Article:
Hollowed Memories, chapter 9, part 1

April 26, 2015

Chapter 9:  The Past

It was not too long before a Yarec found a sign, which told him the name of the next hamlet and the number of kilometers to get there.  With the way Yarec felt, the distance seemed daunting, but he kept walking.  However, it was not much farther on that he found another sign, which marked the location of a bus stop.  The dinged metal plate listed the name of the bus company and an approximate schedule for the two vehicles that were supposed to pass by daily.  Yarec decided that the presence of the bus stop was a reward for his perseverance and sat down to wait.

When the bus arrived, it was an old-fashioned propane-electric hybrid.  It had a rounded, aerodynamic shape and huge wheels.  The spots of chipped paint along its side were covered with thick layers of transparent sealant to ward off rust.  The driver accepted some of Yarec’s foreign chits as payment, and the bus left at the posted departure time.  The vehicle was only half full, and Yarec got one of the soft, faded bench seats to himself.  On an ordinary day, Yarec suspected, the driver might have waited until he had a full load of passengers.  However, with what Yarec had paid, the man had already made a week’s worth of profits—if he could find someone else who would take the chits at face value.

Yarec rode along south, to the port where he had planned to disembark from the Threepenny Queen.  The vehicle made good time, without extraneous stops; if there was nobody at the next terminal waiting to hop on board, the driver could afford to drive right on by.  The bus stopped every day at dusk, and Yarec spent each night in a hostel, holed up in a triple-tiered wooden bunk.  At night, in the men’s dormitories, fellows would always be gambling, keeping their running tallies of losses or winnings on gray scraps of paper.  The hostels were generally dismal places, but the food at the first one was surprisingly good.  They served a few sauteed greens and a hash made from wild tubers and some kind of protein.  To drink they had some kind of alcoholic sap.  It must have been tapped from local trees and fermented in small batches; it tasted sweet and fresh right out of of the cloudy glass bottles.  It was not very strong—certainly not enough to make Yarec ungainly—but he did not indulge in more than one cup.  The gamblers, however, were still drinking it—weakened with well water—late into the night.  They were hunched at their little round table, cards in front of them, cups beside their left elbows, as Yarec fell asleep.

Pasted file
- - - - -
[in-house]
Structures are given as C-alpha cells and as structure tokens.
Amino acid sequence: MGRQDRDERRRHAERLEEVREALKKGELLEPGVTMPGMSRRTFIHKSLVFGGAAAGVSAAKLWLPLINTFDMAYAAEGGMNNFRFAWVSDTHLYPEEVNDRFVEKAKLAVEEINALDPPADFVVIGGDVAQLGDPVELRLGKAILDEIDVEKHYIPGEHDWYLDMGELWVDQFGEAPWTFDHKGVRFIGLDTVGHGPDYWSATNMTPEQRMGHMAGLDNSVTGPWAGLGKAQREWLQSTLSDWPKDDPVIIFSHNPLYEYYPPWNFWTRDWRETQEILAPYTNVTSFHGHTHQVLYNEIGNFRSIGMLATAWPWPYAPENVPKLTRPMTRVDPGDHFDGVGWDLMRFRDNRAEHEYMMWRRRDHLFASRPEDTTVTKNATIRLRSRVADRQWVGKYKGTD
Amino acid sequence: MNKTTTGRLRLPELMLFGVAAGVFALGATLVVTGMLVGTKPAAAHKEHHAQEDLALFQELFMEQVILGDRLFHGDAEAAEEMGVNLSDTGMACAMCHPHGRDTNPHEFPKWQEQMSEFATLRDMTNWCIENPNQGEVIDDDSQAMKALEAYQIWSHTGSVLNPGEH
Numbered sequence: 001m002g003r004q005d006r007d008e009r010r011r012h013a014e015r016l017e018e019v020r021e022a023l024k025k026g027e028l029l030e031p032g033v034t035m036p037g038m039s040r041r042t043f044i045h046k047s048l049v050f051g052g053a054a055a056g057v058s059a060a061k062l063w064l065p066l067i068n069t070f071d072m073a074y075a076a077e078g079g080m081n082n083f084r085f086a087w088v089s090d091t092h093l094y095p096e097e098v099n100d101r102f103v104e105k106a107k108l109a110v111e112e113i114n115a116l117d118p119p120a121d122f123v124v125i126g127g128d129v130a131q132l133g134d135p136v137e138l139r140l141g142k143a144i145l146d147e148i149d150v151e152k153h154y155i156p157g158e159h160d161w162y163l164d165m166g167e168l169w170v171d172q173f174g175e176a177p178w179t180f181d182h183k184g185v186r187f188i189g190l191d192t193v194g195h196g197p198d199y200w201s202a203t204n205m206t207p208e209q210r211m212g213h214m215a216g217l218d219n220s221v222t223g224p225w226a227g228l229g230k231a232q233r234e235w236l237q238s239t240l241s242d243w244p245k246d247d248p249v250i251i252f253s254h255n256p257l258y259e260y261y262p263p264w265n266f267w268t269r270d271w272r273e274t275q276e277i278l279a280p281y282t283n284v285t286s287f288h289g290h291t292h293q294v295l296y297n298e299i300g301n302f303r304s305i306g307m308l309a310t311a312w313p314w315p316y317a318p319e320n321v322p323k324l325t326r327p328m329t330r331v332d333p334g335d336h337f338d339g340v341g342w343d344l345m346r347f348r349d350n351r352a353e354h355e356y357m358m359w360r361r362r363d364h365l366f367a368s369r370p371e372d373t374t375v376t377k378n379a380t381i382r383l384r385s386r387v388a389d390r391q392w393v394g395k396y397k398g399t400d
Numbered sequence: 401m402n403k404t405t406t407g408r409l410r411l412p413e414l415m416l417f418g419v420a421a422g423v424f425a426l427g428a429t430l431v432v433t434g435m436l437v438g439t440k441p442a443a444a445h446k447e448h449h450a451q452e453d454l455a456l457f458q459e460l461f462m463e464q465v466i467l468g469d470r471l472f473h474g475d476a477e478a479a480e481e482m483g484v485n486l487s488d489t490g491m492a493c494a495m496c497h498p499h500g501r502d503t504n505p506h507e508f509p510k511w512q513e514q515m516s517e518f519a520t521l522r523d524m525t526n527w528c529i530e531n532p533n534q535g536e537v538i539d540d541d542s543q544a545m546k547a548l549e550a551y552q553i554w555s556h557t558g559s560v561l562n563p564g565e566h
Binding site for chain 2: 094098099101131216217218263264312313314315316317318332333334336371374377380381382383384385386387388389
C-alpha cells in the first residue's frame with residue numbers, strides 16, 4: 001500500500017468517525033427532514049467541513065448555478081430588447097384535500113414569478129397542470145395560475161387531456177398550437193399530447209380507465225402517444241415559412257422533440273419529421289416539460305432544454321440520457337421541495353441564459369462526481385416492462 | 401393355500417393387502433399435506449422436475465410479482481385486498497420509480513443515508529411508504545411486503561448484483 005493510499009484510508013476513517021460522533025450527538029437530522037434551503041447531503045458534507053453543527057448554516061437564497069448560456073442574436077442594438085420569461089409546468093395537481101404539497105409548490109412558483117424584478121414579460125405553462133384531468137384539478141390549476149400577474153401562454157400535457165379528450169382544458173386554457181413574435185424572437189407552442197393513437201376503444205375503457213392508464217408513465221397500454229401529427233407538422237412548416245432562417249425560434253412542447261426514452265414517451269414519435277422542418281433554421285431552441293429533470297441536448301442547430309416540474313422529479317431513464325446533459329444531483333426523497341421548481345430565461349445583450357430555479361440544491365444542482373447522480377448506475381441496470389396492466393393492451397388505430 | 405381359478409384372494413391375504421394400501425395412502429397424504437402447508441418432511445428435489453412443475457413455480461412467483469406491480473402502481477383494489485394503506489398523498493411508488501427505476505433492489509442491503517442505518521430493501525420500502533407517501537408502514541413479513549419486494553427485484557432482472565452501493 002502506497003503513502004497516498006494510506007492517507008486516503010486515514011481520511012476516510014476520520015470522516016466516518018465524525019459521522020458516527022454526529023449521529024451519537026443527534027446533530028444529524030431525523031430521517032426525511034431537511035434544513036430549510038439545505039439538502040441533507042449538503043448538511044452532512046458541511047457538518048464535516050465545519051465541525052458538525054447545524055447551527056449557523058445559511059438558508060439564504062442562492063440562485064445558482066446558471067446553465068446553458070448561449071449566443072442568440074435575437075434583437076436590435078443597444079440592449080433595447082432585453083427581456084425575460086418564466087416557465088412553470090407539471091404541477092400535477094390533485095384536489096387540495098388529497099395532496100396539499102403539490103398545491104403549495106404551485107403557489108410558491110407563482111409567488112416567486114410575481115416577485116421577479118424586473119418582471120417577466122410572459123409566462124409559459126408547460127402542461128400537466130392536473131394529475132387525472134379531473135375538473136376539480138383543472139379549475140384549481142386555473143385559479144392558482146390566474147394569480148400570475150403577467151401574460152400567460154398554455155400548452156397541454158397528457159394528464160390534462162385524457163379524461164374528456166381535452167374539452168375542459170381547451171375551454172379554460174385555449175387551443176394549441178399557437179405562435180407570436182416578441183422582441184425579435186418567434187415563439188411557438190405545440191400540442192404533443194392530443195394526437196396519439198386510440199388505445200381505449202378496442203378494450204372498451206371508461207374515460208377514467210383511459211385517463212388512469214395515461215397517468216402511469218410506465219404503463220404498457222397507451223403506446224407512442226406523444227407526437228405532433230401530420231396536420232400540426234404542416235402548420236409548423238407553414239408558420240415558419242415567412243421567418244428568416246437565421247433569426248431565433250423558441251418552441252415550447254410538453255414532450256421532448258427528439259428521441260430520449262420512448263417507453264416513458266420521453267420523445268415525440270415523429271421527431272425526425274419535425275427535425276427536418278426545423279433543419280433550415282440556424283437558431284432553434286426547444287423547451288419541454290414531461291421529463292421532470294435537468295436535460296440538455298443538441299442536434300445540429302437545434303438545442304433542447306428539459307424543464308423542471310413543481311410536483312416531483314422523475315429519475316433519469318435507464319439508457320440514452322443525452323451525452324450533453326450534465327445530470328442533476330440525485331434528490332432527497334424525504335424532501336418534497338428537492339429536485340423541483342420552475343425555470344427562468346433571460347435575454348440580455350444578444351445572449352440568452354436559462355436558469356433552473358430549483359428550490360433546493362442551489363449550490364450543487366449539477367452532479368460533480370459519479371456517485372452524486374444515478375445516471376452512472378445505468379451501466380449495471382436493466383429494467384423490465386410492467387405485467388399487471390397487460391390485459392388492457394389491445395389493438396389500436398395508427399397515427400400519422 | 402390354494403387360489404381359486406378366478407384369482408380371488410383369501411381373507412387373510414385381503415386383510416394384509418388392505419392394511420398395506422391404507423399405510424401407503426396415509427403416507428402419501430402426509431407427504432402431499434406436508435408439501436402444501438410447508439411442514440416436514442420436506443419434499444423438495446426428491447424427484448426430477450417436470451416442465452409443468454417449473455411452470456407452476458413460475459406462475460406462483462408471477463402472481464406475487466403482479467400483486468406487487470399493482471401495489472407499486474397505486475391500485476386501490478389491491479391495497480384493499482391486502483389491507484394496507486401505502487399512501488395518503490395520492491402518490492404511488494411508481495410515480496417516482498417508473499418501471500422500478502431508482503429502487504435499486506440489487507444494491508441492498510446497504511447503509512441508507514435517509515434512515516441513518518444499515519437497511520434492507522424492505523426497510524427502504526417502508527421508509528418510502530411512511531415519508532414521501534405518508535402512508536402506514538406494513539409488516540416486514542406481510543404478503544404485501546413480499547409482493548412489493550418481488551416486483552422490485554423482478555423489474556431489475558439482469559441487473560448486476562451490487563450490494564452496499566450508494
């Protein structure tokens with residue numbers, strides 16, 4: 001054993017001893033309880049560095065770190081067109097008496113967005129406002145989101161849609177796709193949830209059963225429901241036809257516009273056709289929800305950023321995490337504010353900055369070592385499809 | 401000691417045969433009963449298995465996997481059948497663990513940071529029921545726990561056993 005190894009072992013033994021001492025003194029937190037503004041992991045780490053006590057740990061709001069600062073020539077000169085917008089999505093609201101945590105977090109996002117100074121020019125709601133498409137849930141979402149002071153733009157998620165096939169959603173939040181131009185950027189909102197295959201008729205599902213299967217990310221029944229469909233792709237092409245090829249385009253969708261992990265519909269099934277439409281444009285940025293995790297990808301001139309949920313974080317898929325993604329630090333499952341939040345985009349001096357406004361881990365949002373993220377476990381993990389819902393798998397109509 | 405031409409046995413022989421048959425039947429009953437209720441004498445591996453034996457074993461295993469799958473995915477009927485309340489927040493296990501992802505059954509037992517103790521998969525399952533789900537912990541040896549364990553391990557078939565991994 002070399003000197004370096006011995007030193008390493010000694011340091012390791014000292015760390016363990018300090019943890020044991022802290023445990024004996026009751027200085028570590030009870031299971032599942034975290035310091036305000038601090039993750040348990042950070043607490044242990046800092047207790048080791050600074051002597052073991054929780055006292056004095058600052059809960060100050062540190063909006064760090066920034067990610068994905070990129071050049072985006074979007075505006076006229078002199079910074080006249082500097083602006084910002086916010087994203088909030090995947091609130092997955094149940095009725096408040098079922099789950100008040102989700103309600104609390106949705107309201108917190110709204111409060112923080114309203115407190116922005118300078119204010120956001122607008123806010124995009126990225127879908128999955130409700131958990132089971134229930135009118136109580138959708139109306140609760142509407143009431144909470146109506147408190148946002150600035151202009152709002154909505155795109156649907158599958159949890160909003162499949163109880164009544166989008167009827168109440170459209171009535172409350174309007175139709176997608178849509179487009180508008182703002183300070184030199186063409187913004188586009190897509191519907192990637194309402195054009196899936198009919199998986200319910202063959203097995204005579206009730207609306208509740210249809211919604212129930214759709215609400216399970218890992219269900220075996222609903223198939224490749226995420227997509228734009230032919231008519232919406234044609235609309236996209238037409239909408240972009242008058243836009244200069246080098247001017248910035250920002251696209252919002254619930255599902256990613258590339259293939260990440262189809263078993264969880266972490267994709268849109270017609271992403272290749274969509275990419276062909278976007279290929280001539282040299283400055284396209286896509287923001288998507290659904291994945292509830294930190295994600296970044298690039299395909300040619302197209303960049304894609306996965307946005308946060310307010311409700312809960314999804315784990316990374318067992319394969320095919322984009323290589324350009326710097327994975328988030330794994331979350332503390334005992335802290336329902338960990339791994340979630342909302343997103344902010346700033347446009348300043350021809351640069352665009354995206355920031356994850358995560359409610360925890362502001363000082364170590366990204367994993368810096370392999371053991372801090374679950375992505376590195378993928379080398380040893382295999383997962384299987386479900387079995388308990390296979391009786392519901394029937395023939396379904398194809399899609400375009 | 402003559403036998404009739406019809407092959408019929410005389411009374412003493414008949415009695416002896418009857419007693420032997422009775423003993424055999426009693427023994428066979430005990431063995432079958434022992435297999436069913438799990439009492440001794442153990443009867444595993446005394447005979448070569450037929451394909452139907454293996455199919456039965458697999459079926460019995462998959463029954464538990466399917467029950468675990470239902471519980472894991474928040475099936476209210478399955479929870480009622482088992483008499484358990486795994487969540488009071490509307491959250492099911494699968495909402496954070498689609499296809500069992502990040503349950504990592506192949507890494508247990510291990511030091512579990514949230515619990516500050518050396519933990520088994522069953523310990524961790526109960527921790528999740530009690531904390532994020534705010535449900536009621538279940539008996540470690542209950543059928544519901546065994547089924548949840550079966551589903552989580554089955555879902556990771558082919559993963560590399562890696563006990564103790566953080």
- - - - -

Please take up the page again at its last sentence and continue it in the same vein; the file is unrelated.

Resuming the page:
Having paid for a lukewarm shower that first night—to wash away the slime of salt and sand—Yarec was dressed and ready to go early.  After that, it was another bumpy leg on the bus, then another hostel, located just outside the town Yarec wanted.  He let himself sleep in longer on the second morning, until a worker with a short red broom prodded him to get up and clear out.  The man’s accent was difficult to follow, but the message was clear.  Yarec swung down from his bunk, with a clunk that made the floorboards vibrate, collected his meager belongings, and walked out the door.

He headed to the old market.  It was a grassy lot, surrounded by a three-meter concrete palisade, from which awnings could be strung to protect the vendors from tropical rain.  Today, the heavens were clear, but it was not a regular market day, and there were only a few merchants with carts, set up on the east side of the plaza, under the shade of the wall.  Yarec bought some cheaply sewn trousers to be polite, along with a mug of some kind of synthetic gravy.  Then there was no point in dithering or hiding his purpose.  He asked the vendors if they had seen any other gringos, either working in the area or recently passing through.  Of course, everyone agreed, the place to start was at the mine northeast of town—lots of North Americans there.

Yarec thanked everyone who had chimed in to help him, and bought a few more small items he did not need.  Their directions set him on a gravel road running higher up into the coastal hills.  The roadbed was broad enough for heavy trucks and had clearly seen quite a bit of recent activity, although there were no vehicles in sight that day.  Yarec watched the sun move up toward its zenith, and as it began to sag back down toward the western horizon, he pulled out some dry protein balls he had purchased in town and chewed them slowly, his jaws grinding in time with his footsteps.


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